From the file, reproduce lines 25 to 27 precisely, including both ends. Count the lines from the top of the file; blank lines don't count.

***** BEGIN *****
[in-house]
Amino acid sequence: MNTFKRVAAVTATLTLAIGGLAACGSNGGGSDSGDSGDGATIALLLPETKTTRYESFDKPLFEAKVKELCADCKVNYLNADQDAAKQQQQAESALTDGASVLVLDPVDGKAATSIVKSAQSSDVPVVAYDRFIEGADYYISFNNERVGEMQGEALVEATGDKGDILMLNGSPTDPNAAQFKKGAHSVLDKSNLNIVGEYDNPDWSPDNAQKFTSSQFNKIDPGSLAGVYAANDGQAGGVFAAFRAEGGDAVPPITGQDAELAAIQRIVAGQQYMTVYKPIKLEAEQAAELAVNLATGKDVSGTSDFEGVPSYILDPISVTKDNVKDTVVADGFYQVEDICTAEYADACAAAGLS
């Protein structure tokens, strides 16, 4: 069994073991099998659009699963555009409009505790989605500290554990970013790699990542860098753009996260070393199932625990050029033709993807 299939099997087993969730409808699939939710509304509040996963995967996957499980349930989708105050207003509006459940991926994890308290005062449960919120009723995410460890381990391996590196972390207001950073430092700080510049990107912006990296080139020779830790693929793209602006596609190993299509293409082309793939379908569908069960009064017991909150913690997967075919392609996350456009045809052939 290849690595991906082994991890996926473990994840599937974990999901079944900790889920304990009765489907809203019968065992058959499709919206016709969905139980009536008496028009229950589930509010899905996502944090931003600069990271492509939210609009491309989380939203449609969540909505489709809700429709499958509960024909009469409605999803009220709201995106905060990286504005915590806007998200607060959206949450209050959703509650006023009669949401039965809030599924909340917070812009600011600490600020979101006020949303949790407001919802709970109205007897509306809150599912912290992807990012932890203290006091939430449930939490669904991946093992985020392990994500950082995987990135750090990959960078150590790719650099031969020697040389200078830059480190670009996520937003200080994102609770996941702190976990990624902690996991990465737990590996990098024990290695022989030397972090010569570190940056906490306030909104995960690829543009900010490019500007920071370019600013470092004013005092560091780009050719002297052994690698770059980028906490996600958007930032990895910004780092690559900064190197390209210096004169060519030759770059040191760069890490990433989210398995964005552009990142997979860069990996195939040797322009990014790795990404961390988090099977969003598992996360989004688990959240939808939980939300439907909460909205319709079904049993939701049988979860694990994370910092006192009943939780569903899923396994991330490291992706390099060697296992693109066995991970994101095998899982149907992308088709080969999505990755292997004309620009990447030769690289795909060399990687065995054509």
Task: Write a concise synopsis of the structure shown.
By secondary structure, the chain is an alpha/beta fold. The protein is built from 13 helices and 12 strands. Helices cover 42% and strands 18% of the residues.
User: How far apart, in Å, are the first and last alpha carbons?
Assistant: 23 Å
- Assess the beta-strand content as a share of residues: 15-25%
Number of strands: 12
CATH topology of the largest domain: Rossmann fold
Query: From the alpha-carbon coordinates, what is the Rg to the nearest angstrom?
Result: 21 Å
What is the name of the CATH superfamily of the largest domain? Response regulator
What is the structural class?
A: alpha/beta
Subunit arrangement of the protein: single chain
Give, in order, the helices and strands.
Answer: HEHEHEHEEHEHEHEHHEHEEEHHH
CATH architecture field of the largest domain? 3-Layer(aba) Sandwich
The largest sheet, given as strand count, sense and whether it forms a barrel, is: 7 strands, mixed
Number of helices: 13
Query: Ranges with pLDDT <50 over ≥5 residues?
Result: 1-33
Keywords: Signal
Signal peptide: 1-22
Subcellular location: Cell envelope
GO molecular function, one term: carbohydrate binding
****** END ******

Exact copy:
Signal peptide: 1-22
Subcellular location: Cell envelope
GO molecular function, one term: carbohydrate binding